It should come as no surprise that, if there’s a game out there that someone’s playing, there’s an audience that wants to check it out. While Twitch might be the current king of the livestreaming market, Microsoft’s Mixer brings with it a host of exclusive and powerful features that make it a real contender for Twitch’s crown. One of Mixer’s biggest features is a massive benefit to both broadcasters and viewers alike: the FTL protocol. While there’s a lot of technobabble behind how exactly FTL works, the simple explanation is that it allows the broadcasting of content in a livestream with virtually no lag. Usually, when watching a stream, there’s a buffer of five to ten seconds or more between when something happens and when viewers actually see it (and vice versa). This can make for awkward interactions in things like live chat. With Mixer, though, instant interactions open up a host of new possibilities. Audiences can even take part in interactive streams where they can have an impact on the gameplay in real-time. This also allows for some other unique functions, such as split-screen co-broadcasting support for multiple players. It’s one thing to watch a one person in squad vying for control of a battlefield, but it’s something altogether different to see four members of a team working as a cohesive unit onscreen all at the same time.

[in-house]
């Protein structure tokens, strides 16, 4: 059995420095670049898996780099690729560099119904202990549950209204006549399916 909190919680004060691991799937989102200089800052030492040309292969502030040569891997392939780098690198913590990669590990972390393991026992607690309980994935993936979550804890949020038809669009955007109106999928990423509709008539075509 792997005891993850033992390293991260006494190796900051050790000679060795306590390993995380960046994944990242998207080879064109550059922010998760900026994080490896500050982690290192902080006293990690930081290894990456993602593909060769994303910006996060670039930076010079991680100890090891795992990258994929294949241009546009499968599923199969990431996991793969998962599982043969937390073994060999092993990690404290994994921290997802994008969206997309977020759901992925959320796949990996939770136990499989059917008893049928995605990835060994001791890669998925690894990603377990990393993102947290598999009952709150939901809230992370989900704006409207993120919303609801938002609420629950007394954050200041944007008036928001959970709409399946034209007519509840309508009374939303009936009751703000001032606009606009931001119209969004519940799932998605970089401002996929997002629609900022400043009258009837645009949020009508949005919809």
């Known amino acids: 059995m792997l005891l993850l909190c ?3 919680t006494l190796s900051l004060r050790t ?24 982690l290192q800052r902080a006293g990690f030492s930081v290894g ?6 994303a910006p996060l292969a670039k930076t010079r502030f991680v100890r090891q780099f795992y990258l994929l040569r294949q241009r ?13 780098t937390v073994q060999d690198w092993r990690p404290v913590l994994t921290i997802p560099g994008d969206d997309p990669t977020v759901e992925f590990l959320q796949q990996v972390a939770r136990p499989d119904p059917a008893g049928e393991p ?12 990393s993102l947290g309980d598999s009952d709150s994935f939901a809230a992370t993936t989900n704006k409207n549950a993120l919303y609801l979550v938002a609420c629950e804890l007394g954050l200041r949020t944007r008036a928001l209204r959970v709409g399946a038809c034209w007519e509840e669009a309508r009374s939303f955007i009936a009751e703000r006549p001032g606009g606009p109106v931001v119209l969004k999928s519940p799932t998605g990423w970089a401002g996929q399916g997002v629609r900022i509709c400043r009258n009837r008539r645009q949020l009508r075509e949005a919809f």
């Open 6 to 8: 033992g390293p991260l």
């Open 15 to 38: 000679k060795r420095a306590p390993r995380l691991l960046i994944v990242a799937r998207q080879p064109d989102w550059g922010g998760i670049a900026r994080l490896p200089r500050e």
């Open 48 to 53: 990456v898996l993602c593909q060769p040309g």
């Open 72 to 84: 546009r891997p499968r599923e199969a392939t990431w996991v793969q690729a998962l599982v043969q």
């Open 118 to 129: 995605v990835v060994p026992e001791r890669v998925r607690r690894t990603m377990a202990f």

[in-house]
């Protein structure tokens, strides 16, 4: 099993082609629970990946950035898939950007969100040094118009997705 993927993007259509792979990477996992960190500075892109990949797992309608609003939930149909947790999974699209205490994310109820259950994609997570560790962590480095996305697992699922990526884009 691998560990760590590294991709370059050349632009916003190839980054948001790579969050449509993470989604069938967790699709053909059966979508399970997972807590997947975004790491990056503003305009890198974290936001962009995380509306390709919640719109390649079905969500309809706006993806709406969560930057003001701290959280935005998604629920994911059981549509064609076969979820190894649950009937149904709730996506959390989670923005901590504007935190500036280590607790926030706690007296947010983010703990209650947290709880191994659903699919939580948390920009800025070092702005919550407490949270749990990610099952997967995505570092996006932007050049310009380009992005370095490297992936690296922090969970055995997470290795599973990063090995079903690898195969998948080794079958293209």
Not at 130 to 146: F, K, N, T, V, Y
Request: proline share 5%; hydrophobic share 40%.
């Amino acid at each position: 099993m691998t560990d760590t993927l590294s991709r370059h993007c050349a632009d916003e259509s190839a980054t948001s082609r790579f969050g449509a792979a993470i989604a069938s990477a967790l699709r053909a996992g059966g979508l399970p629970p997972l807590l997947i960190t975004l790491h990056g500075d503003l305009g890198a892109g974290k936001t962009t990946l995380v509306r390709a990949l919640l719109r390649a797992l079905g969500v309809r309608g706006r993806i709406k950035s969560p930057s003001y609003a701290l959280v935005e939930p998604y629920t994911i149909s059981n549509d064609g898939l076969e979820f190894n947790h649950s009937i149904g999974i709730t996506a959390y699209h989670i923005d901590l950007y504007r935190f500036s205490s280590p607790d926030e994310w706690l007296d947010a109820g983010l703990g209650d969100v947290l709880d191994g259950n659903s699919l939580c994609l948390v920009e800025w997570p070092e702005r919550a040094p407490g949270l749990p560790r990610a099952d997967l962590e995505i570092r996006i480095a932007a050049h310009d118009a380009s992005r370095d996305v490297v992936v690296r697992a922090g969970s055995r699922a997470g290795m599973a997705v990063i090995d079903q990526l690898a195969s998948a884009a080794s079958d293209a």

The Mixer app serves as a massive hub for livestreaming content. Through the app, audiences can follow all their favorite channels and get notifications when those channels go live with new material. They can also check to see which games and programs are trending, and even participate in interactive chats. Viewers earn “Sparks” by both broadcasting and by viewing streams, which can in turn be used to buy “Skills,” fun effects like fireworks and animations to share in the chat. Using these Skills doesn’t just add an extra layer of interactivity to the chats, but also shows support for the channel and can even generate extra income for the broadcaster. And Microsoft is constantly adding more new features to Mixer to enhance both the broadcasting and viewing experience. Still, Mixer isn’t without its issues. For starters, navigating through the deluge of content can be a mess. Between trending channels, recommended channels, followed channels, and the like, it’s sometimes hard, especially in the mobile app, to tell what is what. And even though channels might have content descriptions or ratings, there’s not much to stop a younger viewer from stumbling into a channel that might be broadcasting footage from a more Mature-themed game, or into a chat that might not necessarily be age-appropriate. While these are issues that face almost any livestreaming platform, it’s definitely means that parents with younger kids should keep a close eye on exactly what those kids are watching and/or following.